We live in a time where we expect all of our problems to be instantly solved. Out of toilet paper? Hit a few buttons on your phone and it will be delivered to you within two hours. Need an air conditioner installed? Hire a handyman quickly and easily from an ap. But what about medical problems?
While it may seem like medicine is advancing at lightning speeds, there are still a lot of conditions that are only in the beginning stages of research. One of those is hearing loss.
Hearing Loss Treatments
To be clear, I am not saying that there are no treatments for hearing loss. In order to put together a treatment plan, your Plano audiologist will need to determine your type and degree of hearing loss.
Hearing loss caused by a problem with the outer ear, ear canal, eardrum or middle ear is known as conductive hearing loss. This type of hearing loss is typically caused by:
- Fluid in the ears
- Malformation or abnormalities of the outer or middle ear
- Impacted earwax
- Foreign object in the ear
- Perforated eardrum
- Benign tumors
Treatment for conductive hearing loss often consists of surgery or medications, in the form of antibiotics.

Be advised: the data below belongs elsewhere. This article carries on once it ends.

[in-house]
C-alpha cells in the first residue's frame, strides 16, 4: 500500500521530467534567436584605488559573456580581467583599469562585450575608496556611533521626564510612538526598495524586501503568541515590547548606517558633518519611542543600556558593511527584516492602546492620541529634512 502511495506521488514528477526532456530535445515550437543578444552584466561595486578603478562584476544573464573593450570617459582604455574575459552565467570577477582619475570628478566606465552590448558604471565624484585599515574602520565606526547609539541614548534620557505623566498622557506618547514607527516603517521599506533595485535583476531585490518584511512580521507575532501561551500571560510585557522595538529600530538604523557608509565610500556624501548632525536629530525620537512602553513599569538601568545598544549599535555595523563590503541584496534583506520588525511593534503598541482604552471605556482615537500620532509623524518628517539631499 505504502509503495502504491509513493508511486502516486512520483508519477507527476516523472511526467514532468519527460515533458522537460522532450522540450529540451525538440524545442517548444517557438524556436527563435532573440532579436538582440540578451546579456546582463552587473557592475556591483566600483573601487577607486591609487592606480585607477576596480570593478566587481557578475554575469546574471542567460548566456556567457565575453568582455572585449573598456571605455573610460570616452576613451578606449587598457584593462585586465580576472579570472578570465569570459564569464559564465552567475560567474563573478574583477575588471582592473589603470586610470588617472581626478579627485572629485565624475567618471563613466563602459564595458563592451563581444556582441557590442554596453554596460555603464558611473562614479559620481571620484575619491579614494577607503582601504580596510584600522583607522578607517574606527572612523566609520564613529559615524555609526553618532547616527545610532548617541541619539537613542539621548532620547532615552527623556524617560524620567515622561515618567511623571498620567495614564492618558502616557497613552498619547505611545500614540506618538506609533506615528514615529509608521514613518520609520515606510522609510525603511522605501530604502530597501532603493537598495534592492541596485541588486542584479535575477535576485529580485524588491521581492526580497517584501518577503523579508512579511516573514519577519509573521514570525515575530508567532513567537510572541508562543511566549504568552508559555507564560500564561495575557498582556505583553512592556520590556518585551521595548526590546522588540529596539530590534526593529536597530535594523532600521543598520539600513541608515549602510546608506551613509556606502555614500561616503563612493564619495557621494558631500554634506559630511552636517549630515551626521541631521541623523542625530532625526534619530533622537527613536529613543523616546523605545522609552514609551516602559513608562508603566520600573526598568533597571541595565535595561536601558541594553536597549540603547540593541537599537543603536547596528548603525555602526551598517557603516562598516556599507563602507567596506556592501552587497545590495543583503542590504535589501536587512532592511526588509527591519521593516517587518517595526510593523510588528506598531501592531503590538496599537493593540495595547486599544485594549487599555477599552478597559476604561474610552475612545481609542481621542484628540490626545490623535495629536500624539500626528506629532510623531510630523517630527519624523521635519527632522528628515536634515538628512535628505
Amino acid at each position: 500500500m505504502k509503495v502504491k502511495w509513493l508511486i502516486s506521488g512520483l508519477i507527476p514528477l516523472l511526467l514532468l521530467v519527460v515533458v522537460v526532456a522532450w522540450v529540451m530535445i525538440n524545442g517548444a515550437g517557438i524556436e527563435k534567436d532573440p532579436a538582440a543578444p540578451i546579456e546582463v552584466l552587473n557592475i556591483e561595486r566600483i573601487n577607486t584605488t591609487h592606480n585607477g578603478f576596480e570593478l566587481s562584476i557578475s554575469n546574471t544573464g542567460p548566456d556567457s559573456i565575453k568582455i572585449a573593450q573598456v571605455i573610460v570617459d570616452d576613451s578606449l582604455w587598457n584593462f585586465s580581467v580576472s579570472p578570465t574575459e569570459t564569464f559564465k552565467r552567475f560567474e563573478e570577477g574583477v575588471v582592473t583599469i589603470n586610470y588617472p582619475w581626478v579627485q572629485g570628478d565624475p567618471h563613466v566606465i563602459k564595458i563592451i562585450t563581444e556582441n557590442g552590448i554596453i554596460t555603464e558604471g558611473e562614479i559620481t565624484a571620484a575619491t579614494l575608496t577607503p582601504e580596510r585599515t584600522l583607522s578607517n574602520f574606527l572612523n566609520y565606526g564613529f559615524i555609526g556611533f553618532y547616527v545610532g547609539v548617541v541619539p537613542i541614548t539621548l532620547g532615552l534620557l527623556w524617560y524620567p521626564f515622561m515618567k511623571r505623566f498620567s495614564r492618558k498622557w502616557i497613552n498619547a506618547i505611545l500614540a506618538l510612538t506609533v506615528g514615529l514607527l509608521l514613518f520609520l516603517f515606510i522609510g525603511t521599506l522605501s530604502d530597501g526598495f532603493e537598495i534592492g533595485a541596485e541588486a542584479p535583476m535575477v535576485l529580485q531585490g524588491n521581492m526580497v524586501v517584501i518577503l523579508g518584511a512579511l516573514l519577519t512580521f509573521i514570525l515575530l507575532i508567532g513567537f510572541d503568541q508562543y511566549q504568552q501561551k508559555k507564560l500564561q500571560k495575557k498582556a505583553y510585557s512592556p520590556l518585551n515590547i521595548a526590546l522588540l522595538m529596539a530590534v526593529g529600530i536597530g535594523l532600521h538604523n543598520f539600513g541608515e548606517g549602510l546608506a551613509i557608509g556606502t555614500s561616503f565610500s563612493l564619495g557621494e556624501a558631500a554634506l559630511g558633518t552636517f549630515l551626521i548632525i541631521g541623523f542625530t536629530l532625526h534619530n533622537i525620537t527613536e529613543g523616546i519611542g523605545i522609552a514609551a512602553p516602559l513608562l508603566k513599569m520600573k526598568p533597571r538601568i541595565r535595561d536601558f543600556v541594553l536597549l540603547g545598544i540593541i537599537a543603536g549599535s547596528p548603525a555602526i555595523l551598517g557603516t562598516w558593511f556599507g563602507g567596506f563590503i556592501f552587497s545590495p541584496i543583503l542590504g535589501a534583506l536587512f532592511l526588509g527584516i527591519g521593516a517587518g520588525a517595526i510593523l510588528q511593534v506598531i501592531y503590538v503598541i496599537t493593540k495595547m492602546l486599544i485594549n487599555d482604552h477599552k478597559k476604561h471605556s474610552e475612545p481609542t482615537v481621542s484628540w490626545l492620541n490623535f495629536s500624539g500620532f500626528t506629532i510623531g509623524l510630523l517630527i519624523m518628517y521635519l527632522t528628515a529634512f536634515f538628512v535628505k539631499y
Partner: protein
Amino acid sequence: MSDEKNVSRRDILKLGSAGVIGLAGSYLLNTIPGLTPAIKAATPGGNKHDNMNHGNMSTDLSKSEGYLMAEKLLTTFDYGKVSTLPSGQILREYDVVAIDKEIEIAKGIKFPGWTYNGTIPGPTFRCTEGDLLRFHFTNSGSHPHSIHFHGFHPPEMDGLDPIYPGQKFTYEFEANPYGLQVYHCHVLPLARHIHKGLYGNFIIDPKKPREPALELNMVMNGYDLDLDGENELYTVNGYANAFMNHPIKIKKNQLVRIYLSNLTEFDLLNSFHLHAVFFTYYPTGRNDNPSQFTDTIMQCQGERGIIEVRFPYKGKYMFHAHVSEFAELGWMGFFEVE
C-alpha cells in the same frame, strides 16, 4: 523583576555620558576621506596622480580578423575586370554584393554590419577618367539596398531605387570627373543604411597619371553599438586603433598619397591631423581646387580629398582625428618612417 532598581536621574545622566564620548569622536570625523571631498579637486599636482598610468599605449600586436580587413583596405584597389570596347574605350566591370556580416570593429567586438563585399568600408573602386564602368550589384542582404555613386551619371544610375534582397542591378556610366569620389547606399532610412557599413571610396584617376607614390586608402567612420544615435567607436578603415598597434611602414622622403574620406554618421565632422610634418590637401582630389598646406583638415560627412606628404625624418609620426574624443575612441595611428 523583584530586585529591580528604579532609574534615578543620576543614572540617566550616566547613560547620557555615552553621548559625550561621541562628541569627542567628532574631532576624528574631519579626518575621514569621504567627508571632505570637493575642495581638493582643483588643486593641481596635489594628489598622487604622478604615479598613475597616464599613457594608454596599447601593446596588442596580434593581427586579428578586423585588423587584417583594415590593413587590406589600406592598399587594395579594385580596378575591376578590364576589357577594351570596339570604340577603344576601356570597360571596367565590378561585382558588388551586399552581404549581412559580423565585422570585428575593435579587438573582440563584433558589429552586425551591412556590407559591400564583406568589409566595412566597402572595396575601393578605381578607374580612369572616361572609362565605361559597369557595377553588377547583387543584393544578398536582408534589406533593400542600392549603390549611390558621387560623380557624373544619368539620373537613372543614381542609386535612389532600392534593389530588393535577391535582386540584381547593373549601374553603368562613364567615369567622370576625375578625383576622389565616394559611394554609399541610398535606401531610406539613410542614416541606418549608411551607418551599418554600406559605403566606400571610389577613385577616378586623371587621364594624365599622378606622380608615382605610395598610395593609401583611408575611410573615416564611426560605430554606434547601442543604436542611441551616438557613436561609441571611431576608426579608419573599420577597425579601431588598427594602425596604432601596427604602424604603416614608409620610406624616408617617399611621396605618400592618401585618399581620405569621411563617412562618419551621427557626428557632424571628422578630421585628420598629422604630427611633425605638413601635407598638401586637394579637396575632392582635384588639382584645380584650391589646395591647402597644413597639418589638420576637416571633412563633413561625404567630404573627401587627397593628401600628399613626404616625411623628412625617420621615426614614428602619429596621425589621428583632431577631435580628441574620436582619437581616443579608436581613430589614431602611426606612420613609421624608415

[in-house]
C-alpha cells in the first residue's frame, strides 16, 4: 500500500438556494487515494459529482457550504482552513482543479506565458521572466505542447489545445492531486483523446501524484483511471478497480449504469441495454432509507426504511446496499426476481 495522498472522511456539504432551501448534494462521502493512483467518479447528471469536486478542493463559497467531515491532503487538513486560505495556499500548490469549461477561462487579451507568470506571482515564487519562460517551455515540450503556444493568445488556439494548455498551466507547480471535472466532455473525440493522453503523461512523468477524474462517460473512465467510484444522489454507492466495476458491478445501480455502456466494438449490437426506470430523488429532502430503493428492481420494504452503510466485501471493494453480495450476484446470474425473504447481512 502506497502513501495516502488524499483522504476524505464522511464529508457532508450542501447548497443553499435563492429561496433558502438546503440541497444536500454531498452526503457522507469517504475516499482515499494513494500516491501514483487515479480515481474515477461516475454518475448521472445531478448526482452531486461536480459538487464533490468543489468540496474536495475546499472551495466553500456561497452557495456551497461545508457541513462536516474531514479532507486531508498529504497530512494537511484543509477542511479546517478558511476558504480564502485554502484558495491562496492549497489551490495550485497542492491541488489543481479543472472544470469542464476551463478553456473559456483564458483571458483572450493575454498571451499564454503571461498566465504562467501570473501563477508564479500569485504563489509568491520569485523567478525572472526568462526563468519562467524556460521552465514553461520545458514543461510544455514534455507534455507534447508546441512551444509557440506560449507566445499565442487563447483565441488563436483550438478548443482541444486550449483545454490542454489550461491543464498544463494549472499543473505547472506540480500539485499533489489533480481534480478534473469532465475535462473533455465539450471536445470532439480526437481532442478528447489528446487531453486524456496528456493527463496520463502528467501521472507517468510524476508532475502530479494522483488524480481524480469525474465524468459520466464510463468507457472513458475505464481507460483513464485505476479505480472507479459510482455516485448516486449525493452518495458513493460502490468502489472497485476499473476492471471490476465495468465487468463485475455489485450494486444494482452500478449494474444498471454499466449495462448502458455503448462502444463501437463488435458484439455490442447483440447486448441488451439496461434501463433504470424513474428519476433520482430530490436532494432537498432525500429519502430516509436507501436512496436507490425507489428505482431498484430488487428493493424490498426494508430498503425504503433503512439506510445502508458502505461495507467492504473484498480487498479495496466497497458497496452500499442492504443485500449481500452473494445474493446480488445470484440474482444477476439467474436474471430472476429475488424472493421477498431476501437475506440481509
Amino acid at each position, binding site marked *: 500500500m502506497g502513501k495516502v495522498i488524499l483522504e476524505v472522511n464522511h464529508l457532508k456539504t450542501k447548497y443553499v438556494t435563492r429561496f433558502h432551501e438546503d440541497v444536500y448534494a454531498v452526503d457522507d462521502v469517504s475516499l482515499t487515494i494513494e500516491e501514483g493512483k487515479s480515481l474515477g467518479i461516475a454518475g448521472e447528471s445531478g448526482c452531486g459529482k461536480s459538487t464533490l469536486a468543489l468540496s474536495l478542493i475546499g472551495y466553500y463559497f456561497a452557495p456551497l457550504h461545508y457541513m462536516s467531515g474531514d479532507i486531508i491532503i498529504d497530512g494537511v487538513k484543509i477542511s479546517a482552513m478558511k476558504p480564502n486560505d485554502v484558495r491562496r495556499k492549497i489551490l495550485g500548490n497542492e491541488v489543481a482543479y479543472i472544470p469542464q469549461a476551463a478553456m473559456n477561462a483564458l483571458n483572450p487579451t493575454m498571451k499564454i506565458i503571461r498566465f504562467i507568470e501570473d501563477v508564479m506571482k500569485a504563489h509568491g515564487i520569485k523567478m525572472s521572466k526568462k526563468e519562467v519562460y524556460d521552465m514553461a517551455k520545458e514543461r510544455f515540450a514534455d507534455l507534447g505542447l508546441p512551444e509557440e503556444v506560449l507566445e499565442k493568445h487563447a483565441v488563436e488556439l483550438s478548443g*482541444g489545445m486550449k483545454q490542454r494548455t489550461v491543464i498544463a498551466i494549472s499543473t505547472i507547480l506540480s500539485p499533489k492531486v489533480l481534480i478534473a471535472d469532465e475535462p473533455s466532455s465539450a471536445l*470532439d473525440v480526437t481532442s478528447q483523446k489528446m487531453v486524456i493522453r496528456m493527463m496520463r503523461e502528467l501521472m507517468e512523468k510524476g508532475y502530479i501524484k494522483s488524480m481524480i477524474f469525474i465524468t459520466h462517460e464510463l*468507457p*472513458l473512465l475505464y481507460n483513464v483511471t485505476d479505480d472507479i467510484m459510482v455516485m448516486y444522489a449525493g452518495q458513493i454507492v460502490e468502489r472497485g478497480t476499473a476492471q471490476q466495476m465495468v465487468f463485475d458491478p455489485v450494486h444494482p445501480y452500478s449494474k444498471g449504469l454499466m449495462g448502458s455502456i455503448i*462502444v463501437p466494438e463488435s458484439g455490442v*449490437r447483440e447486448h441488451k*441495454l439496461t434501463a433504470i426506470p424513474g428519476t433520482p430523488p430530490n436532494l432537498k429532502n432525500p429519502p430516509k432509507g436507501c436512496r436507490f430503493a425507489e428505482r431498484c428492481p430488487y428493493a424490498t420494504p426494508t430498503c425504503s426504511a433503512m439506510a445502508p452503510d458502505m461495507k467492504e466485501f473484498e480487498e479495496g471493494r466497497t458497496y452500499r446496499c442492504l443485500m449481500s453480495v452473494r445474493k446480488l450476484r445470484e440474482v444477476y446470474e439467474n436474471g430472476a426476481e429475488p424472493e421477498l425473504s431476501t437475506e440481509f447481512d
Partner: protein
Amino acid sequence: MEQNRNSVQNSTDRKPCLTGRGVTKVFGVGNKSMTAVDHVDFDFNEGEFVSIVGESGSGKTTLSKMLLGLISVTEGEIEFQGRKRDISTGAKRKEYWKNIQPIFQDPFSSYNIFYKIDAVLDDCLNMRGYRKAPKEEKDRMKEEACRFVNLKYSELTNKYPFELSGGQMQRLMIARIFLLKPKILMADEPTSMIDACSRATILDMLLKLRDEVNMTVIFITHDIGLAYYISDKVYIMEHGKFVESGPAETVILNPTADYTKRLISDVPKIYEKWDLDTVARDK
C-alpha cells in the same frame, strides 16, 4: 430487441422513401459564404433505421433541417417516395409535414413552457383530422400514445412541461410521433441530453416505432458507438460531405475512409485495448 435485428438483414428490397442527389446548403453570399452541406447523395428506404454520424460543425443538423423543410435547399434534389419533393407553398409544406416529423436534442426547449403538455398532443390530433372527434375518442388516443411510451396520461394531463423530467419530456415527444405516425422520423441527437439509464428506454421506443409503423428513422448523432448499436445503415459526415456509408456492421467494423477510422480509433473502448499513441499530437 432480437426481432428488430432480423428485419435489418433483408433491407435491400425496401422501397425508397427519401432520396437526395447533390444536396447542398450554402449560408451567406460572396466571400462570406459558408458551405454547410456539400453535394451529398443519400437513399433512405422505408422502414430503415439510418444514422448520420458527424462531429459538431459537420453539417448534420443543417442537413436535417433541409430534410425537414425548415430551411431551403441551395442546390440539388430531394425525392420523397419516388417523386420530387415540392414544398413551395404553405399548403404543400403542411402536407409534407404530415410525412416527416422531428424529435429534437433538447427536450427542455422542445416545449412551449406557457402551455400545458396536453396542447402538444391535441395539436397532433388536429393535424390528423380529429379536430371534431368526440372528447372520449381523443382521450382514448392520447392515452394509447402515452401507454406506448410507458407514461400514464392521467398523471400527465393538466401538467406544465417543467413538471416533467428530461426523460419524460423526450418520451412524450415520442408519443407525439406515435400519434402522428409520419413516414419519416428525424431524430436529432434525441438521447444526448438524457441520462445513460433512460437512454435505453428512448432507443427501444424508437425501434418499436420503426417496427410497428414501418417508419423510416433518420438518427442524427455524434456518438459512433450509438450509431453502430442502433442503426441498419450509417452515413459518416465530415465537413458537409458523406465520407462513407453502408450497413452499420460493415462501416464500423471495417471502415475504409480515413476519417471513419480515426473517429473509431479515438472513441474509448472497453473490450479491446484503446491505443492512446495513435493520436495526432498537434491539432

Hearing loss that occurs because of a problem with your inner ear is called sensorineural hearing loss. It may be caused by
- Noise exposure
- Head trauma
- Aging (presbycusis)
- Viral disease
- Autoimmune ear disease
- Meniere’s disease
- Malformation or abnormality of the inner ear
This is where the treatment for hearing loss gets more complicated. While conductive hearing loss can often be cured, sensorineural is typically permanent. The treatment for this type of hearing loss usually comes in the form of hearing aids.
Last but not leased we have mixed hearing loss. As the name suggests, this type of hearing loss is both conductive and sensorineural. The treatment for this type involve a combination of medication, surgery and/or hearing aids.
How Does a Hearing Aid Work?
It is important to note that while hearing aids are used as a treatment for hearing loss, they do not immediately correct the problem. Unlike glasses, which you put on and your vision is better, hearing aids take some getting used to.
Hearing aids don’t repair the damage to your inner ear. Instead, they amplify sounds so that the working part of your ear can detect and process them.
A hearing aid consists of three parts: a microphone, amplifier and speaker. Sound is picked up by the microphone, which converts them from sound waves to electrical signals. These signals are then sent to the amplifier, which increases the power of the signals and then sends them to the ear through the speaker.
To learn more about what treatment is best for you or to schedule an appointment, contact your Plano audiologist today to get started.